Possibly the social enterprise sector’s biggest beef with corporations is the latter’s view that Corporate Social Responsibility (CSR) is enough. Though lauding innovative CSR programs, Colin Downie, Sales & Partnership Director of WildHearts Group, reminded attendees at a social procurement plenary that the average CSR budget of a FTSE top-100 company in the UK is around £10 million. However, the procurement spend of these same organisations is closer to £500 million. WildHearts Group, which matches corporates to social innovators that deliver goods and services aligned to their values, has helped plug social enterprises into this massive corporate spend and in so doing has transformed 200,000 lives.
General manager for Ākina Foundation Louise Aitken added at the plenary, “This is money corporations are spending anyway, and many are not paying enough attention to the social impact they could deliver by simply choosing the right social-enterprise suppliers.”
General manager for SAP Ariba Ben Redwine (right) discusses the opportunity for social enterprises within corporate supply chains. Colin Downie of WildHearts Group (second left), Daniel Flynn of Thankyou (second right), Sam Edmonds of Social Traders and Louise Aitken of Ākina Foundation made up the panel, chaired by New Zealand Post CEO David Walsh (left).
Ben Redwine, general manager for SAP Ariba for Asia Pacific Japan joined the panel adding that the technology is already there for corporates and social enterprises to find each other, noting the Ariba Network’s millions of buyers and suppliers and $USD 1.5 trillion in annual transactions. “There is tremendous opportunity for social enterprises to tap into that volume, but also huge potential for corporates to express their values by engaging social enterprises in their supply chains,” Ben said.
Requiting the Love
As a rule, corporates have business down pat, while they often struggle with the purpose side of things. Conversely, social enterprises usually own purpose but may miss a trick when it comes to sound business practices. So it’s no wonder the two entities find collaboration so fulfilling.
In May 2017, SAP held a social sabbatical for regional engagement in Christchurch, again teaming up with Ākina Foundation to support four local social enterprises. Twelve SAP employees from across Australia and New Zealand spent two weeks full tilt working at and with up-and-coming social enterprises, building business plans and supporting with formative decisions.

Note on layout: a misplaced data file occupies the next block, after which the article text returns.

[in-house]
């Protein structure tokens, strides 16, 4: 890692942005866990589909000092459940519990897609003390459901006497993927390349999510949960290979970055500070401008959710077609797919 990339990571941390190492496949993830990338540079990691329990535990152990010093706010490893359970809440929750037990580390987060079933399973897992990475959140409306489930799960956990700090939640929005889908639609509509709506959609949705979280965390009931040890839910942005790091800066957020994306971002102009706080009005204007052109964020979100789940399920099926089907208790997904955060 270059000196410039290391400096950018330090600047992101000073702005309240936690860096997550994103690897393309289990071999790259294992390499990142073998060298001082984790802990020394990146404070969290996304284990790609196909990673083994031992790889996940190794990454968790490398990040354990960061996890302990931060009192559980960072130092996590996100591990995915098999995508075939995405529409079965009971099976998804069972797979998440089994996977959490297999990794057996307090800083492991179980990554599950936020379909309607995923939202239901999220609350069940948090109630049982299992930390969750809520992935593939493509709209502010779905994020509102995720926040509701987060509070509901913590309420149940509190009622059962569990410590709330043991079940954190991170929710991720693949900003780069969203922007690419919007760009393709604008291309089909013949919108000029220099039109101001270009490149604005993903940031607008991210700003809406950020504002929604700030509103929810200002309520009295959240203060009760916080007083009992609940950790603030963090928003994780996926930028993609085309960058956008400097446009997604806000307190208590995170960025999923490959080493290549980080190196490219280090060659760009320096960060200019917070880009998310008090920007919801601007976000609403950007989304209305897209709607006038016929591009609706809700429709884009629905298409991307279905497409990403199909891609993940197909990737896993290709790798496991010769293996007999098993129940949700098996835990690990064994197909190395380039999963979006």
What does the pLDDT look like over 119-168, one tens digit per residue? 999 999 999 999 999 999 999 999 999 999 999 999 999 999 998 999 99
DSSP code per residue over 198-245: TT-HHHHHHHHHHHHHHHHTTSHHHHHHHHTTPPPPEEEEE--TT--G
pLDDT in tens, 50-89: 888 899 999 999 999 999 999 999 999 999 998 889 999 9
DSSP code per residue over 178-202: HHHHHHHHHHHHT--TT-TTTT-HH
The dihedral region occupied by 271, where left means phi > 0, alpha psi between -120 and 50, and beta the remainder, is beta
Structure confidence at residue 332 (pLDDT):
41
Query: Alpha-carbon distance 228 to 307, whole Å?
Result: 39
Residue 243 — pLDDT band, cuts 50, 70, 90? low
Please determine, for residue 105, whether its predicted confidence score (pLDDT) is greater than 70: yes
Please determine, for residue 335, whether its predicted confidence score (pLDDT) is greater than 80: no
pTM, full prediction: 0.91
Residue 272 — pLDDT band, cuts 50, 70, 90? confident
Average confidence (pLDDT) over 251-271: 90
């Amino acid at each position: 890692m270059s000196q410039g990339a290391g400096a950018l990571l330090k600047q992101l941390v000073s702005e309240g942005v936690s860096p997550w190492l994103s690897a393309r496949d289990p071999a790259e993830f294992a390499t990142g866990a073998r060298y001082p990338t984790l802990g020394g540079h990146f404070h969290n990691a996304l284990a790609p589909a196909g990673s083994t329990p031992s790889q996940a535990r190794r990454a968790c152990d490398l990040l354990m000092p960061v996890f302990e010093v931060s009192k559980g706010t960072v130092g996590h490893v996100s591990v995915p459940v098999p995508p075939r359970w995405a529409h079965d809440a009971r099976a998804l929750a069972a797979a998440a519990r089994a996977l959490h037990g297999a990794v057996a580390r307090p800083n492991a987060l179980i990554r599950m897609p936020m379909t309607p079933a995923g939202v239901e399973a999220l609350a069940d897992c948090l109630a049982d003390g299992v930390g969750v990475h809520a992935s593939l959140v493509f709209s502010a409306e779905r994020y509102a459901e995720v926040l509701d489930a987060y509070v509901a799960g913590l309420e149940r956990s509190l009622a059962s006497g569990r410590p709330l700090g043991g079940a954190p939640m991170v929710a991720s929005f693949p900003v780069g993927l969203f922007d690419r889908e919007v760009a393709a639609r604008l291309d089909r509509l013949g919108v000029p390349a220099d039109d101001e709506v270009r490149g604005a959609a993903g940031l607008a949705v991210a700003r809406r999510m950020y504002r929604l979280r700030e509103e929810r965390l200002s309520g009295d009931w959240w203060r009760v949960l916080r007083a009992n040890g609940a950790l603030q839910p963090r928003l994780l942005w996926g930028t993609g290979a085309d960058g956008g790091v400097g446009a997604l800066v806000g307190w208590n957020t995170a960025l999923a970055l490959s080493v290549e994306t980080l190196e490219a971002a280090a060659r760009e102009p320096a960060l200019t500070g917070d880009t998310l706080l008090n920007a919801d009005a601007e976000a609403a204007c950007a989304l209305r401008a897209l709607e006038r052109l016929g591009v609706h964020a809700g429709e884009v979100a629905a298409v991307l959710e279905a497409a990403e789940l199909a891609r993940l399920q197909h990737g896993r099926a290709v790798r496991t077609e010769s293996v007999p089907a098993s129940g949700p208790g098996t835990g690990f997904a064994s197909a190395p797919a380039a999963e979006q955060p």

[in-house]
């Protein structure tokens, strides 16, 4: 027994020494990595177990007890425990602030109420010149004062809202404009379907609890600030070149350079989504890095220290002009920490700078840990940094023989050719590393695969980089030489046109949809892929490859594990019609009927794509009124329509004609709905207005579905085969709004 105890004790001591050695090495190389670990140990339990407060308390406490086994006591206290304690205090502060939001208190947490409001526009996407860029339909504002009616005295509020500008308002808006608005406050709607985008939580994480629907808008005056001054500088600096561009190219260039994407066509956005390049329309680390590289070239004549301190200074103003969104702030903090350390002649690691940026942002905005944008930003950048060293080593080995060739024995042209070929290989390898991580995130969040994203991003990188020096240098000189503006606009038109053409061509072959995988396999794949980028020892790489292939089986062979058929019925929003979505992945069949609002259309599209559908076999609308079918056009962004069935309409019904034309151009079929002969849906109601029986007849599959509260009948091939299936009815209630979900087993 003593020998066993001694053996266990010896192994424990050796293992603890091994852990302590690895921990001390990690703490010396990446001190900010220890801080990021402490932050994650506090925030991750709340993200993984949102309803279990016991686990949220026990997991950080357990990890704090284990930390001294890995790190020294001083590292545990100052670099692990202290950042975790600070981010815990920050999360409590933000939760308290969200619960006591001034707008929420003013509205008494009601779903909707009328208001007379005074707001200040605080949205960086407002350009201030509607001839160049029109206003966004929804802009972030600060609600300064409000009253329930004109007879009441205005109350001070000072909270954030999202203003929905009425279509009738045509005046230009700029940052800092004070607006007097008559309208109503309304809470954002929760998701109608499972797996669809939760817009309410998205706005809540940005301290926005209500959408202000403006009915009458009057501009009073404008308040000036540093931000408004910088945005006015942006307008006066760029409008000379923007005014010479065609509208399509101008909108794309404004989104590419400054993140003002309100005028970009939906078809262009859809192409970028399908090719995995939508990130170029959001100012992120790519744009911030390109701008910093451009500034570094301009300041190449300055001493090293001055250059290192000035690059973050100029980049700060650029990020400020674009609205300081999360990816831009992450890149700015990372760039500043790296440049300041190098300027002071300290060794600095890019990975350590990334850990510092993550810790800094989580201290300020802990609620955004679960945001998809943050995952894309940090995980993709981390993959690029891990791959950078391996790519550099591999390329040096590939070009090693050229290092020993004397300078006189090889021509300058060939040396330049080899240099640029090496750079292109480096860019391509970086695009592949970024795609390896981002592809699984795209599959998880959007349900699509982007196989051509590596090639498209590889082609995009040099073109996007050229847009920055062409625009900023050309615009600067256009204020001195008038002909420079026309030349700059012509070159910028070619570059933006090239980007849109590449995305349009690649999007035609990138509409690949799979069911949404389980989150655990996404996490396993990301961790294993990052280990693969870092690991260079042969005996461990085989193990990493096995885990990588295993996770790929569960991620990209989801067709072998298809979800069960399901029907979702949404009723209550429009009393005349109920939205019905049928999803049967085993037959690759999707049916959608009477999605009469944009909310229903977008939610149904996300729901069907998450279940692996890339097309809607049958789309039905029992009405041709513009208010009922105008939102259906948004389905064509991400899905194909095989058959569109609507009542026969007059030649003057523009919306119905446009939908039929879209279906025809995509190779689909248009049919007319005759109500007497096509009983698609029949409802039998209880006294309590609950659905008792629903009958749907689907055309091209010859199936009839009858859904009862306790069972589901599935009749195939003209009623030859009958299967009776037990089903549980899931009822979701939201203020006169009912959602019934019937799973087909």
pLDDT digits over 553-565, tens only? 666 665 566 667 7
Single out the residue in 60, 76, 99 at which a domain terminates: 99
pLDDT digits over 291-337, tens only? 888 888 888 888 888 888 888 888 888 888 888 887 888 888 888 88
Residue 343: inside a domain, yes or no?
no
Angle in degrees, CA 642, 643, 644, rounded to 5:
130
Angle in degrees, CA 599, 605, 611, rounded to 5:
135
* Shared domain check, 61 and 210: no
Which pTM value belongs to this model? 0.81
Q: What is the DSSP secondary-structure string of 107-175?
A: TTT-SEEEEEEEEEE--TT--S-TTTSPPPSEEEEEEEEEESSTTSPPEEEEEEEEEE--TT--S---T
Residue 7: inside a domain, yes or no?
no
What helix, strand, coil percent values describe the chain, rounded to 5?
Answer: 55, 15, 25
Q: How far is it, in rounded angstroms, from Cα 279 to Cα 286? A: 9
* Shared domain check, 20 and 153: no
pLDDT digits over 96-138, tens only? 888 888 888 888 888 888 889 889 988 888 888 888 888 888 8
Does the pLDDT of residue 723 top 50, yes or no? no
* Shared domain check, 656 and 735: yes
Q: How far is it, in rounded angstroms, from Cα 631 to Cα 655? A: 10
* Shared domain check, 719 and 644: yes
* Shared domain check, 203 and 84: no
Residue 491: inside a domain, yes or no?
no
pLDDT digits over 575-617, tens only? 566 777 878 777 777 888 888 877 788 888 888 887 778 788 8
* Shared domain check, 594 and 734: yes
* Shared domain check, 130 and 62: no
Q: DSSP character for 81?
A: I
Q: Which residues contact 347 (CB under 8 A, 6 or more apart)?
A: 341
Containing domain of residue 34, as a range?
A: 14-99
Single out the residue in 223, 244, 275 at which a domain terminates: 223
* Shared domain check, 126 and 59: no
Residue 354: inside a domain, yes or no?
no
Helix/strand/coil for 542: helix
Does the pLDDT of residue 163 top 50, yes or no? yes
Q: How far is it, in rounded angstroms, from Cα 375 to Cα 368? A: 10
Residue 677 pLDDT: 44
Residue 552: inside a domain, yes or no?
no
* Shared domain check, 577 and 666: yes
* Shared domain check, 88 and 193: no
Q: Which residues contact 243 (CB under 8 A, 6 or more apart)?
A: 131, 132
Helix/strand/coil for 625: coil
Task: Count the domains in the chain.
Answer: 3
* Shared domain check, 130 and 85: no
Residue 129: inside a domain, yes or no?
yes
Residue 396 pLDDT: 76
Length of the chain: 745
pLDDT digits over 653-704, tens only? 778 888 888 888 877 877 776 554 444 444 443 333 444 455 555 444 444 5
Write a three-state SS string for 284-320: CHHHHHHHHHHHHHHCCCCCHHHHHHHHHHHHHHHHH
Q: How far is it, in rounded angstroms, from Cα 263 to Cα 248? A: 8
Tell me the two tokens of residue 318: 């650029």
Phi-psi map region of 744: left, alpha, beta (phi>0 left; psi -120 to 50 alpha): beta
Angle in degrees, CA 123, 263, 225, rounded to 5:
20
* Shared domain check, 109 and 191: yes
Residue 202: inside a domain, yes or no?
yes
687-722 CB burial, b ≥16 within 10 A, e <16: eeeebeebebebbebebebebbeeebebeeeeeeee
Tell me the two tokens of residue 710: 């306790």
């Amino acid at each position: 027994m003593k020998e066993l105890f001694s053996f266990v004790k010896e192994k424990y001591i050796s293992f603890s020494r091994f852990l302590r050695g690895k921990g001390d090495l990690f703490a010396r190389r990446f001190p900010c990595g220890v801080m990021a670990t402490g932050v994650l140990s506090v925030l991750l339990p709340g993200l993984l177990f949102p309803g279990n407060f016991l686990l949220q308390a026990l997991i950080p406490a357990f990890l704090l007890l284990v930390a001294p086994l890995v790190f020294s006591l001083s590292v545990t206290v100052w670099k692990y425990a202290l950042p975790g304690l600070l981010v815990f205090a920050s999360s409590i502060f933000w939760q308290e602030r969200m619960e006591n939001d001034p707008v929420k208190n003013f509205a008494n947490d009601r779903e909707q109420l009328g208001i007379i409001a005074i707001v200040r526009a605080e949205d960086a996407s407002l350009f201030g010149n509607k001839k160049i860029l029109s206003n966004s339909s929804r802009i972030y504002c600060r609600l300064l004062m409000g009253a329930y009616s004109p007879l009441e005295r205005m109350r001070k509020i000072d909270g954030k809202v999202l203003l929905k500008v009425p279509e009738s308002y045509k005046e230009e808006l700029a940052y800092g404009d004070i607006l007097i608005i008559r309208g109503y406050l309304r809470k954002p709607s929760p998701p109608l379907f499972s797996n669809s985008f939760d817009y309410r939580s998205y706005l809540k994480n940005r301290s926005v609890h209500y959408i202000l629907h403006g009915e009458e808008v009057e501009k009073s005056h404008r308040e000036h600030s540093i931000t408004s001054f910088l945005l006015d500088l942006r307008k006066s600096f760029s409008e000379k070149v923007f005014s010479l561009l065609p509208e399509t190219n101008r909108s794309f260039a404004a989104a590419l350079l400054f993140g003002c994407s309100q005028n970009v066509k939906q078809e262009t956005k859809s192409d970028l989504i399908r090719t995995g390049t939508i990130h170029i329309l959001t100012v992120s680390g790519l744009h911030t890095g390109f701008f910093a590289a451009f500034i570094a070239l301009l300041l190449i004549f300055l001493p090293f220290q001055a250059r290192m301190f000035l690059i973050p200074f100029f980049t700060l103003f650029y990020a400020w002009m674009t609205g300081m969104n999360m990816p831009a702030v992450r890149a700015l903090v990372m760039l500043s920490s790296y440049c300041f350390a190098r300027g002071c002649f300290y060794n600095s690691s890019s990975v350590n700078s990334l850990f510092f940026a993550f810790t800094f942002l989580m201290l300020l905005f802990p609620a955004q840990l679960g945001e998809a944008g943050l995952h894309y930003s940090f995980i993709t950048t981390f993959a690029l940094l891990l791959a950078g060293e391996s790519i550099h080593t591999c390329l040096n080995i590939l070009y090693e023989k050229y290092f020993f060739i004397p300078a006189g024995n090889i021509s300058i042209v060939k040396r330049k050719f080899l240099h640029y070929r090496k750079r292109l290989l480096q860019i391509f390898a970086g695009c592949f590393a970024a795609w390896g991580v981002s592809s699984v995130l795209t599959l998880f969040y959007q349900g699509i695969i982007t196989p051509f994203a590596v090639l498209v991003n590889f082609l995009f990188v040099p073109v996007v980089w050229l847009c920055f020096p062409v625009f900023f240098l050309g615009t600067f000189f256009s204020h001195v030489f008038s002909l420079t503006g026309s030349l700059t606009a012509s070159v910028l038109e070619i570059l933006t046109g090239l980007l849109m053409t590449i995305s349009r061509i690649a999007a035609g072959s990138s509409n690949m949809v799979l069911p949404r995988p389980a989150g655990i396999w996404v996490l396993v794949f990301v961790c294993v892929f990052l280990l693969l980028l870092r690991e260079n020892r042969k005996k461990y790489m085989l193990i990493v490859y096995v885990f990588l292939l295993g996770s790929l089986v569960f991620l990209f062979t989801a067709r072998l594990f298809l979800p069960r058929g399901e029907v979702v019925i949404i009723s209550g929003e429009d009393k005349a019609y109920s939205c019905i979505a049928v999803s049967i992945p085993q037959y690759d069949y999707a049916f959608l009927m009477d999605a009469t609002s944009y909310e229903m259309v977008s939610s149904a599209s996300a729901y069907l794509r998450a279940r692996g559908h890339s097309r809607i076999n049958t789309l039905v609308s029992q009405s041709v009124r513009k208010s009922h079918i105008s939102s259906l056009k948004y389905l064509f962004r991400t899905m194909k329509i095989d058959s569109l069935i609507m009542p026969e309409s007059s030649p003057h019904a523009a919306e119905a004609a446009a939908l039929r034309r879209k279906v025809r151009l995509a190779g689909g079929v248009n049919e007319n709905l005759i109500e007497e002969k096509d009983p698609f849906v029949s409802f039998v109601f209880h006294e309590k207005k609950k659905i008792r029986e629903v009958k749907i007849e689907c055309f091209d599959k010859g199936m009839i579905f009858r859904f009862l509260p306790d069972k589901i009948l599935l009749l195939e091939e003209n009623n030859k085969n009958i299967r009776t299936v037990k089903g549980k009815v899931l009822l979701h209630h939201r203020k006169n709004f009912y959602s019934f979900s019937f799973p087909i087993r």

By the time the SEWF came around in late September, much of these plans had come to fruition. Kilmarnock Enterprises, an organization that delivers training and employment for people with disabilities, was a prime example of perfect cross-pollination through social sabbaticals.
SAP Social Sabbatical in action at Kilmarnock Enterprises in Christchurch
The SAP Social Sabbatical captured the attention of more than 130 corporates attending a tailored event within SEWF called Working on Purpose. Hosted by SAP and Ākina Foundation, Working on Purpose offered a deep bench of social-enterprise experts, including Paul Dunn of B1G1 and Peter Holbrook of Social Enterprise UK, as well as workshops across skilled volunteering, social impact measurement and social procurement. The end goal was to inspire new ideas on how the corporate sector could better integrate social enterprise – not just into their CSR programs, but into their entire organization. “This approach,” Peter Holbrook stressed, “is how a company delivers real social impact — not through volunteering days.”
We Get So Much More Than We Give
At the SEWF kick-off, Stephen Moore, executive director for SAP Australia and New Zealand, summed up the corporate/social-enterprise relationship in a way that stuck with attendees throughout the event. He appealed to corporates: “When you engage with social enterprises, you get so much more than you give.”
Next year’s Social Enterprise World Forum takes place in Edinburgh, Scotland. SAP is already pursuing innovative ways to partner with the organising committee ahead of and during the event to further infuse purpose into the global social enterprise movement.